Travel Tip: Beginners Guide to BLM Land
Bureau of Land Management (BLM) is public accessible land for recreational activity in the United States - perfect for mountain biking, hiking, climbing, fishing, camping, etc. These lands represent the largest acreage available for public recreation in America. It is quite amazing how many Americans still do not know these lands are available. Personally, we kinda like it that way - although we feel we have an obligation to educate you on it.
BLM land is often much quieter than the popular, high traffic areas such as National Parks. You will mostly come across locals, avid backpackers or climbers who are already familiar with BLM land. Some activities require special permits, but mostly you can access the land at your leisure. Be sure to pay close attention to your map and ensure the property you are accessing lies within the highlighted BLM area. There are also varying restrictions, such as no camping within 200 feet of a water source - do your research so you do not get a ticket.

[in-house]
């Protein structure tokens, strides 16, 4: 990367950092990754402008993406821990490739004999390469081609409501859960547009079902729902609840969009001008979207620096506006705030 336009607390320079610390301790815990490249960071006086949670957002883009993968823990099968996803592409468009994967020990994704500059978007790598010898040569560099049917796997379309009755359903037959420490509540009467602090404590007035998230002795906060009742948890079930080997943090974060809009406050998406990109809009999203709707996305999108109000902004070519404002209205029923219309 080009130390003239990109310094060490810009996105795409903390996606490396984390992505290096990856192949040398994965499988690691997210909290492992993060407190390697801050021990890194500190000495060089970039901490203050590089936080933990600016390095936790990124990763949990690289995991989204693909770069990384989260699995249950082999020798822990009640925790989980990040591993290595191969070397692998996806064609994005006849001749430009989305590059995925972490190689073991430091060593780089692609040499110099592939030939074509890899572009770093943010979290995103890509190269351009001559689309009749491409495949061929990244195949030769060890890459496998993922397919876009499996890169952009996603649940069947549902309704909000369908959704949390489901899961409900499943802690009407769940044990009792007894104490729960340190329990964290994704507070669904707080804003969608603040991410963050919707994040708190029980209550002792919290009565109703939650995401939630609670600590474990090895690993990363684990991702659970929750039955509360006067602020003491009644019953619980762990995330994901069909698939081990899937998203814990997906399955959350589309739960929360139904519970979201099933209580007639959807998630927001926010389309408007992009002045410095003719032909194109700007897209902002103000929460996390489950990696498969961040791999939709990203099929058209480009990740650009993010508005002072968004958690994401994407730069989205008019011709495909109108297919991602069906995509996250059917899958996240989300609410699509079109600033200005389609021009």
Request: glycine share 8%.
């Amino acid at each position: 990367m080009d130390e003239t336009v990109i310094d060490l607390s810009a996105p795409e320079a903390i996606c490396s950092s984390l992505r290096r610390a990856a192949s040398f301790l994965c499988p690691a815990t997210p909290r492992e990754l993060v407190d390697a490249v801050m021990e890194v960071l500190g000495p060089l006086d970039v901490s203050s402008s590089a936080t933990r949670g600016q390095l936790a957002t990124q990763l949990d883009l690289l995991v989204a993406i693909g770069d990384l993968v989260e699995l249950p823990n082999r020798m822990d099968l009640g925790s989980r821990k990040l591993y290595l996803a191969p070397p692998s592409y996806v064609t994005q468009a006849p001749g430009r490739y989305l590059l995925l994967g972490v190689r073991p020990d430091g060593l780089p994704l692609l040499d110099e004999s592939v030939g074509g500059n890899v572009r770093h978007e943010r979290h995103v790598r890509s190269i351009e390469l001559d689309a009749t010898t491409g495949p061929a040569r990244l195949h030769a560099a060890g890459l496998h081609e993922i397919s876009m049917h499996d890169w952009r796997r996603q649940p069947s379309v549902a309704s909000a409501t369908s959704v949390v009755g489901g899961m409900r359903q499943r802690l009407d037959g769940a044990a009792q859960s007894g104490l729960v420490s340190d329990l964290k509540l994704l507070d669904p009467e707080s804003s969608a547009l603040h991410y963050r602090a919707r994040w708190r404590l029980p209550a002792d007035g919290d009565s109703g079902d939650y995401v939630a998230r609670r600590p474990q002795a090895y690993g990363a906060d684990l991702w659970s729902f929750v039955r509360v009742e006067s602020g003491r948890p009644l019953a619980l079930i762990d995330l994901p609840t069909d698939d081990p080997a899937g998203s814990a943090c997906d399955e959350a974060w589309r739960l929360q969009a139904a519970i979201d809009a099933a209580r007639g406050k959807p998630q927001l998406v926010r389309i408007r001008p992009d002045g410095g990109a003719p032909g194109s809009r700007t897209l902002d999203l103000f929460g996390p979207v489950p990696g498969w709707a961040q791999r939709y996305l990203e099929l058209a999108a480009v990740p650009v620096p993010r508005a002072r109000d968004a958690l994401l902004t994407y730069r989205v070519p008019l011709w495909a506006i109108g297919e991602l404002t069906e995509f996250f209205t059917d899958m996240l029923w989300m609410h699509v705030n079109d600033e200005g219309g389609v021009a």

We personally utilize this land for backcountry camping - quiet and remote. We typically drive out to BLM land and hike out to a spot that looks like it has been previously camped. You can tell if a spot has been disturbed if there are ashes from a campfire, rocks have been moved or there is a flat spot suitable for a tent. You always want to leave the land better than how you found it - one should hardly tell human activity was there.
When visiting popular areas like Colorado and Utah, most reserved campsites will be booked up - especially in the summertime. While you can also try wilderness camping (which requires a permit), camping on BLM land is free. Below are the states and locations with BLM land.